According to the United States Department of Agriculture, environmental justice is defined as “the fair treatment and meaningful involvement of all people regardless of race, color, national origin or income regarding the development, implementation and enforcement of environmental laws, regulations and policies.” The Environmental Protection Agency has elaborated that the goals of environmental justice will be achieved when everyone has “the same degree of protection from environmental and health hazards, and equal access to the decision-making process to have a health environment in which to live, learn, and work.”
Historically, environmental justice as a social movement has been driven by BIPOC, low income, and other marginalized communities. The Biden Administration has acknowledged that these communities have “[born] the brunt of toxic pollution, endur[ed] underinvestment in infrastructure and critical services, and suffer[ed] disproportionate impacts from climate change.” The environmental justice movement was created to counter these inequalities. Since the movement first arose in the 1960s, states have worked to adopt laws geared toward furthering environmental justice at the state level. Many of those initial environmental justice laws were aimed at limiting the number of landfills that could be built in various communities. More recent laws involve the creation of environmental justice advisory groups that work with state agencies to ensure that new rules and regulations are crafted with environmental justice goals in mind. A new resource on the National Agricultural Law Center website has compiled all of these state environmental justice laws into one place for easy access. To view that compilation, click here.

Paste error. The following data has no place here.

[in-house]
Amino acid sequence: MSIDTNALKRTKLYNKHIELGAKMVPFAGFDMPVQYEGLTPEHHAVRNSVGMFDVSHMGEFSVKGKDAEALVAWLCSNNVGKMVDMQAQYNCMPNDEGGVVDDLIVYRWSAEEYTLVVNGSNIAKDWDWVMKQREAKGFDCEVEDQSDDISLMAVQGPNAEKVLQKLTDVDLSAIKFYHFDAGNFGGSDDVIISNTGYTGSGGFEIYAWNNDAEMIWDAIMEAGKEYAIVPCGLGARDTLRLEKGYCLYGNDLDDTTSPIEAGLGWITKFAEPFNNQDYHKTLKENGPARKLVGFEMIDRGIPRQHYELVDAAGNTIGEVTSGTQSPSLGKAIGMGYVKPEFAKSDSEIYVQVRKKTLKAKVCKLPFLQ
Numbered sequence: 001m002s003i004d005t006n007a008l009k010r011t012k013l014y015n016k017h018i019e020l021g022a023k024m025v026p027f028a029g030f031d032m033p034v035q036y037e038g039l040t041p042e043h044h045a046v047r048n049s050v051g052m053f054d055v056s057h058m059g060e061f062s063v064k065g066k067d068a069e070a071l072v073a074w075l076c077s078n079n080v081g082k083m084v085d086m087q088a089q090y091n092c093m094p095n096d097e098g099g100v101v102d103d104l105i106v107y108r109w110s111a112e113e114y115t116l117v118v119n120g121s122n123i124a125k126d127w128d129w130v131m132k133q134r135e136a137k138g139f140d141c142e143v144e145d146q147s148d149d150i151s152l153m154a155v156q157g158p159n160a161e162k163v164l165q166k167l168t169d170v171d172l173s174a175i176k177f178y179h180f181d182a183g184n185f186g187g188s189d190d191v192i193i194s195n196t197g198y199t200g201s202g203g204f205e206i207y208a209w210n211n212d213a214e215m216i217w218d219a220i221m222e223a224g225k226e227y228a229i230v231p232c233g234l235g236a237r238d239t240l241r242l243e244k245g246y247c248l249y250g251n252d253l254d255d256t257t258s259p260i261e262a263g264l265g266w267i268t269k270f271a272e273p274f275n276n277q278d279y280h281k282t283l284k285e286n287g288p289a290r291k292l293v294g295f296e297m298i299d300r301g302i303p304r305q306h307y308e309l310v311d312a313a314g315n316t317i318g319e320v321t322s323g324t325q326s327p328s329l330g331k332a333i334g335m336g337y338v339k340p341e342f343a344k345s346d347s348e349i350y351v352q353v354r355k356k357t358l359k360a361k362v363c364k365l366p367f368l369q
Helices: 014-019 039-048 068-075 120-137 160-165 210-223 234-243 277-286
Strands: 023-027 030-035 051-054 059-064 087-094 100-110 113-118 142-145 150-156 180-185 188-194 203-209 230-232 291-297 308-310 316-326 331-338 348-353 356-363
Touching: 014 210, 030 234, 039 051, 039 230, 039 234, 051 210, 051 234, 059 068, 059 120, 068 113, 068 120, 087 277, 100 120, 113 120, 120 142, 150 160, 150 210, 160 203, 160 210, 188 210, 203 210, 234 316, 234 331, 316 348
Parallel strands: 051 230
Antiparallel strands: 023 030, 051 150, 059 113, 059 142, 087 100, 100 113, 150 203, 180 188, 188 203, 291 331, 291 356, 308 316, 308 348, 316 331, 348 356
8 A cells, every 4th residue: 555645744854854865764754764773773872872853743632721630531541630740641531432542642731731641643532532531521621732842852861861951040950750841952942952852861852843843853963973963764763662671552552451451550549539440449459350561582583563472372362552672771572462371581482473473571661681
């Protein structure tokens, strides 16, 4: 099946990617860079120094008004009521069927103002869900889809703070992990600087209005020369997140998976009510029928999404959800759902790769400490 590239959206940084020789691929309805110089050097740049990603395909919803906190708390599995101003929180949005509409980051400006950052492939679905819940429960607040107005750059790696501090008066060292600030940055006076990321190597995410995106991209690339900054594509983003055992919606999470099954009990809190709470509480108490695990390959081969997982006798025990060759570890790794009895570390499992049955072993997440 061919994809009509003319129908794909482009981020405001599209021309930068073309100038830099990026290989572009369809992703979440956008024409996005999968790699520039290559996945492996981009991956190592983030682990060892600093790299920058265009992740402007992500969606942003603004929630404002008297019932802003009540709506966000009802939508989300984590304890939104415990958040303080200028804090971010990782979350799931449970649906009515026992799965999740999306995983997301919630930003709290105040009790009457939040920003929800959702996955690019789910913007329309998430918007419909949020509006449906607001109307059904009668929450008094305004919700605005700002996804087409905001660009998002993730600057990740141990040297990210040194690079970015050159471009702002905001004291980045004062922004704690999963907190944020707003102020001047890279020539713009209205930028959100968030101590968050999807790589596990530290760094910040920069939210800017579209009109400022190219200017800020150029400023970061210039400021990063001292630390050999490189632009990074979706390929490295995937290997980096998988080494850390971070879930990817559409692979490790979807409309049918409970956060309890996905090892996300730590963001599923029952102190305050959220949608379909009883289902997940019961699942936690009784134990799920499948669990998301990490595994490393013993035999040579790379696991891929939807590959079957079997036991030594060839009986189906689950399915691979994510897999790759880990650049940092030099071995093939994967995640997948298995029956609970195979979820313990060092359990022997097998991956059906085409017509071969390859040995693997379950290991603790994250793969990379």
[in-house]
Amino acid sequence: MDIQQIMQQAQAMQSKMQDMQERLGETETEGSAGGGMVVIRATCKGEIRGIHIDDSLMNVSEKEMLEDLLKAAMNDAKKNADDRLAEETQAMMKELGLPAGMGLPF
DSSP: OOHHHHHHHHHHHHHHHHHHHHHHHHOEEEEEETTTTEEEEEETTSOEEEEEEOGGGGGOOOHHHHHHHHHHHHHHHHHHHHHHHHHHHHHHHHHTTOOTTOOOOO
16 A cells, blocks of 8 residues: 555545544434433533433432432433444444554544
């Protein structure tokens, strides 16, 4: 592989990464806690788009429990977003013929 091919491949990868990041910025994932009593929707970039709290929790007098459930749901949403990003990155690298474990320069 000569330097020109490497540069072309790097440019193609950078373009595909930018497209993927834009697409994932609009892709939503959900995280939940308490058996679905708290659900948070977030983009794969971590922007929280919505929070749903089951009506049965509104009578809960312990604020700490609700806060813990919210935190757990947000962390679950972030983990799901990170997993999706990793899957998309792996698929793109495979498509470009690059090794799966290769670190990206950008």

Along with the environmental justice state law compilation, NALC has recently published a variety of resources relevant to BIPOC communities. Those resources include:
- An in-depth examination of debt relief and financial assistance provisions in the Inflation Reduction Act that are intended to provide support for agricultural borrows and underserved producers.
- An overview of the three cooperative agreement programs recently initiated by the Agricultural Marketing Service in order to improve the lives of underserved communities by promoting local and regional food systems.
- A summary of the recently proposed Packers and Stockyards Act regulation that would, among other things, limit certain actions against marginalized producers.
- A presentation given by senior staff attorney Rusty Rumley to the Arkansas Farm Service Agency on heir’s property.